Anatomy of a fight

"Oh yeah, I'm scared," Clune said. "But it's not like a fear of death. It's not like the fear of death or the fear of cancer or some sort of disease as a human you see it all happening around you and you're like, '[Expletive], I hope that doesn't happen to me.' But it's a healthy fear, you're like, 'I could get the s--- kicked out of me. And 20,000 people are going to watch, meanwhile the thousands of people on TV are going to see it, the reruns on the Internet that people are going to run.' Plus, your health, right? You take a blow and it could hurt you. But it's like a healthy fear.

"One guy who told me, a scared fighter is the best kind of fighter. Because if you're not scared, there's something wrong with you.

"It worries me that I could get hurt, but I push through that. For lack of a better term, I try and fight a certain way where I limit blows to my head and try not to let the other guy hit me."

But the bottom line is it hurts to get punched in the face, right? And there must still be a certain amount of shock value when someone delivers a whopper?

"I've had that. I've had that where you think you're doing good and you're kind of waiting for the other guy to do something and out of nowhere you take one and you go, [expletive], that hurt," Clune said. "Basically it really shuts you down. That's happened for sure. Then there's ones where you get hit and it's almost like it wakes you up. It hits you and it doesn't hurt but you know you just got hit.

"About a month ago in Winnipeg, me and this guy [ Adam Pardy] came out of the penalty box and we knew we were coming out to fight. We got roughing penalties. We tried to fight the shift before. We were in the box and I'm like, let's go, this is B.S. He was crosschecking me all the time and I'm like, let's just fight and get this over with. He was like, OK.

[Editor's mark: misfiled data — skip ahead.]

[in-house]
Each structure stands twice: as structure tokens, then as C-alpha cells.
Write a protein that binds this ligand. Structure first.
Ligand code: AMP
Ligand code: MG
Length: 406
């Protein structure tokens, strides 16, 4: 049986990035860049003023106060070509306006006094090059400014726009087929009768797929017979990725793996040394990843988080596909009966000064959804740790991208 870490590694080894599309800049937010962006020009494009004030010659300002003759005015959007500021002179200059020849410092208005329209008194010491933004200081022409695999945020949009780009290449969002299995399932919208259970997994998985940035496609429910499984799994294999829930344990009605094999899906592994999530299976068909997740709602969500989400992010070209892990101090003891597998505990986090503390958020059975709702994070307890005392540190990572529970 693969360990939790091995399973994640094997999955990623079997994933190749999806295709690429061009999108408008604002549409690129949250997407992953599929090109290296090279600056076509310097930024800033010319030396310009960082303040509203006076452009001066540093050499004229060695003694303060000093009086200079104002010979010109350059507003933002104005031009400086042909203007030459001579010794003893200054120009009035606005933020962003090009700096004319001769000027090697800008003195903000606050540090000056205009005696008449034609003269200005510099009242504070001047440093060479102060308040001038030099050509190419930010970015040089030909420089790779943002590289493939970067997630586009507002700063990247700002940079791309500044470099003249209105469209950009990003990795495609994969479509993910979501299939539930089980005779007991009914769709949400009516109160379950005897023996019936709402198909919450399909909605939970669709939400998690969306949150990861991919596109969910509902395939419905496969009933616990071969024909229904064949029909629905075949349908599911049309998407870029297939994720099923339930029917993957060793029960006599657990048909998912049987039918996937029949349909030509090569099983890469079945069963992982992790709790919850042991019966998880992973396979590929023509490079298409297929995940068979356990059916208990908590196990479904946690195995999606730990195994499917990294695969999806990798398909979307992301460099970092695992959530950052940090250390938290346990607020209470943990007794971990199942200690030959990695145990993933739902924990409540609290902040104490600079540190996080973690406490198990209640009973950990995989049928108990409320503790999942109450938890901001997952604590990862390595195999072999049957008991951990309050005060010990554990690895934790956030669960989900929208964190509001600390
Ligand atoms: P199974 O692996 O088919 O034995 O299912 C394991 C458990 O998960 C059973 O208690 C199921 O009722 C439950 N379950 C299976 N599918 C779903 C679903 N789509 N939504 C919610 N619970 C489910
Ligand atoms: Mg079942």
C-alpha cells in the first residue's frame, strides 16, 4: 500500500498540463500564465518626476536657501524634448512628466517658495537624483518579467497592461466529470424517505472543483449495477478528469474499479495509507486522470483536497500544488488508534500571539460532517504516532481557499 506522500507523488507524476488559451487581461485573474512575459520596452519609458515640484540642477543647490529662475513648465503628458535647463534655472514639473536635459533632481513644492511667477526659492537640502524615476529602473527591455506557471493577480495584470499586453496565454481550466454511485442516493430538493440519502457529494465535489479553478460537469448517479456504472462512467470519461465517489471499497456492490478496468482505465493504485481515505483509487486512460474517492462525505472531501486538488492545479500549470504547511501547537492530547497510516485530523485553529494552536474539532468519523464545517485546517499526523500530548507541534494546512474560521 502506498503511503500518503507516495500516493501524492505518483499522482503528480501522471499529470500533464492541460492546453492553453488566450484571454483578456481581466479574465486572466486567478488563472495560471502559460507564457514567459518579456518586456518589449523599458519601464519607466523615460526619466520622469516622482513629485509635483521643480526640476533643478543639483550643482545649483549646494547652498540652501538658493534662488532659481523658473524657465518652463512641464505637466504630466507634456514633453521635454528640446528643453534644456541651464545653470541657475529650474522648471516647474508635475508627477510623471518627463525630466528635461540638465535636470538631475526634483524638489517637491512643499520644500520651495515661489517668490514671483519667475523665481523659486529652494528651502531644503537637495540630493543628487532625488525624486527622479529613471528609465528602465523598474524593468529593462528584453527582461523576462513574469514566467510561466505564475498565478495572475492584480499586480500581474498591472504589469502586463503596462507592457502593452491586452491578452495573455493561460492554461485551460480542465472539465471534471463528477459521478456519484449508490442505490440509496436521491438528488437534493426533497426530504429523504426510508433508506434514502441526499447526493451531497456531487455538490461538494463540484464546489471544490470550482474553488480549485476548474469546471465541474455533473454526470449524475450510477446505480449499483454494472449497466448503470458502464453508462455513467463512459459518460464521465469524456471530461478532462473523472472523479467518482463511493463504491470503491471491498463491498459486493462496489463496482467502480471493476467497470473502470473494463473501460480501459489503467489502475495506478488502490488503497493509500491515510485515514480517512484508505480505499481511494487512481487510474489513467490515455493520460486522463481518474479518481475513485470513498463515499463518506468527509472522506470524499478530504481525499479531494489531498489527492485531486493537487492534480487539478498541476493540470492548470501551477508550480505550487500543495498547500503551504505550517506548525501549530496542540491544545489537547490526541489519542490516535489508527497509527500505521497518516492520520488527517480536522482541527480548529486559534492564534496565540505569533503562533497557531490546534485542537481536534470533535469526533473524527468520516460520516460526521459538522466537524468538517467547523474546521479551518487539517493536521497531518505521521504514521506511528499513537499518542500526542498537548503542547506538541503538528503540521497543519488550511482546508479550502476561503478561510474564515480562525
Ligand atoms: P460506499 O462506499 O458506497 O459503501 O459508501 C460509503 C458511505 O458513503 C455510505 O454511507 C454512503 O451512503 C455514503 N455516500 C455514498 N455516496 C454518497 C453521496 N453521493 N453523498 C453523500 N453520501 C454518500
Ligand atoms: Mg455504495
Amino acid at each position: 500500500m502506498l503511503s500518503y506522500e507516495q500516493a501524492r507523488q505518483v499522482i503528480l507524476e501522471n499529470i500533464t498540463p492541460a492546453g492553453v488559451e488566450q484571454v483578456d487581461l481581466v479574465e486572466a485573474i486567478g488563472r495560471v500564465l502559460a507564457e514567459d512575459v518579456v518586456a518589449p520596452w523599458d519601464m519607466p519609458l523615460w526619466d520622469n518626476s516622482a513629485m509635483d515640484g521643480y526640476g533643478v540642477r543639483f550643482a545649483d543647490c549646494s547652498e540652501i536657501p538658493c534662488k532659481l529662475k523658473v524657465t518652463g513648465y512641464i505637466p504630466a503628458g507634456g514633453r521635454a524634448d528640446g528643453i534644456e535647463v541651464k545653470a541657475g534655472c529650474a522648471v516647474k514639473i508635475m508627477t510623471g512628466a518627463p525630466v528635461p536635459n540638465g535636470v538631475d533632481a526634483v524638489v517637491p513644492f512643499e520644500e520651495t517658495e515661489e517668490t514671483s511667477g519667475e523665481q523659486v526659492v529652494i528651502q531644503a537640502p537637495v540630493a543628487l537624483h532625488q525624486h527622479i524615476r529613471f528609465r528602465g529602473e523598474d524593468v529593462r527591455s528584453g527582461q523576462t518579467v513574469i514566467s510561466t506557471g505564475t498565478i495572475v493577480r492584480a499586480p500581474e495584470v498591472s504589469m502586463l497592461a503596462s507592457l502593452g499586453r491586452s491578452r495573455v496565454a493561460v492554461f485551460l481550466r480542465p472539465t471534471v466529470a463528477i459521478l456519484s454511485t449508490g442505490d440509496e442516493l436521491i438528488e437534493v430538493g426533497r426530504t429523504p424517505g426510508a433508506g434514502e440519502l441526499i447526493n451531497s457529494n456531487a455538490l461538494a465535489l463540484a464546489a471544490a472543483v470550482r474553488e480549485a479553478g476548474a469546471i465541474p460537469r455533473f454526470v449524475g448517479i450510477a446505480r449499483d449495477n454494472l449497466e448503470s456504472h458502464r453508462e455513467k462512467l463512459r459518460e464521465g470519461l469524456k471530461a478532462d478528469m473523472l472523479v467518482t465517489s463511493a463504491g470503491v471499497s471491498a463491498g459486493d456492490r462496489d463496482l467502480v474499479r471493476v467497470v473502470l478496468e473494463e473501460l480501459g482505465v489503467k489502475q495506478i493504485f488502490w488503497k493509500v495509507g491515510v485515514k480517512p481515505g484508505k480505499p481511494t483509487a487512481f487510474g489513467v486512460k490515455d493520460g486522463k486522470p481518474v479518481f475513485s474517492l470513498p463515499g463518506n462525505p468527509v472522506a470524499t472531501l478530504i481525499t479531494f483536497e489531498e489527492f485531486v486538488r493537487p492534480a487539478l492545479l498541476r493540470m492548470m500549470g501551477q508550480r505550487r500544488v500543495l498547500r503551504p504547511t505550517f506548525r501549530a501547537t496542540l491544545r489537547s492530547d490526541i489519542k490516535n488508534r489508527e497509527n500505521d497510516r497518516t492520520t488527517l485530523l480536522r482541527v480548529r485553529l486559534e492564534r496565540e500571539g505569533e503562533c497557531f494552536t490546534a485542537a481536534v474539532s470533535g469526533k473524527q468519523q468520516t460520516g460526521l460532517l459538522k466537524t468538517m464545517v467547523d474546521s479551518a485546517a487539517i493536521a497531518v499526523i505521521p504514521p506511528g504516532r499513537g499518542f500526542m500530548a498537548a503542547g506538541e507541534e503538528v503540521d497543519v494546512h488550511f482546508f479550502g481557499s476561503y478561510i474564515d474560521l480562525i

"So we come out of the box. Now I'm not a big fan of the big square off and the shadow boxing. I think that's kind of stupid too. So we went at it. He was a bigger guy, 6-4, and he threw a punch. He hit me in the eye. And it cut me. So I knew I was bleeding right away, but the punch didn't hurt, so I was awake. It was like an adrenaline rush and it woke me up and I came back and kind of took it to him in the fight, and I was bleeding everywhere after and the whole rink was yelling at me. I didn't lose control, but I was on some sort of high, I don't know what you'd call it. My adrenaline was just through the roof. When you see your own blood it's hard to explain, you're definitely not in the same mode as you are when you're walking down the street chewing bubble gum, that's for sure. You're a different person."

Although most fans might assume that winning a fight means knocking out an opponent or beating him senseless, Clune insisted that's not something that he's interested in. In fact, he hopes that will be taken out of the game -- even if it does seem like an awfully fine line.

"I'm not trying to knock anybody out cold in a fight. I've never knocked a guy out cold in a fight. I'm not saying I could go out there and knock any person I fight out cold, I just don't want to do it. I have no interest in seeing another guy lying there asleep on the ice. I've never done it and I hope I never do it," Clune said.

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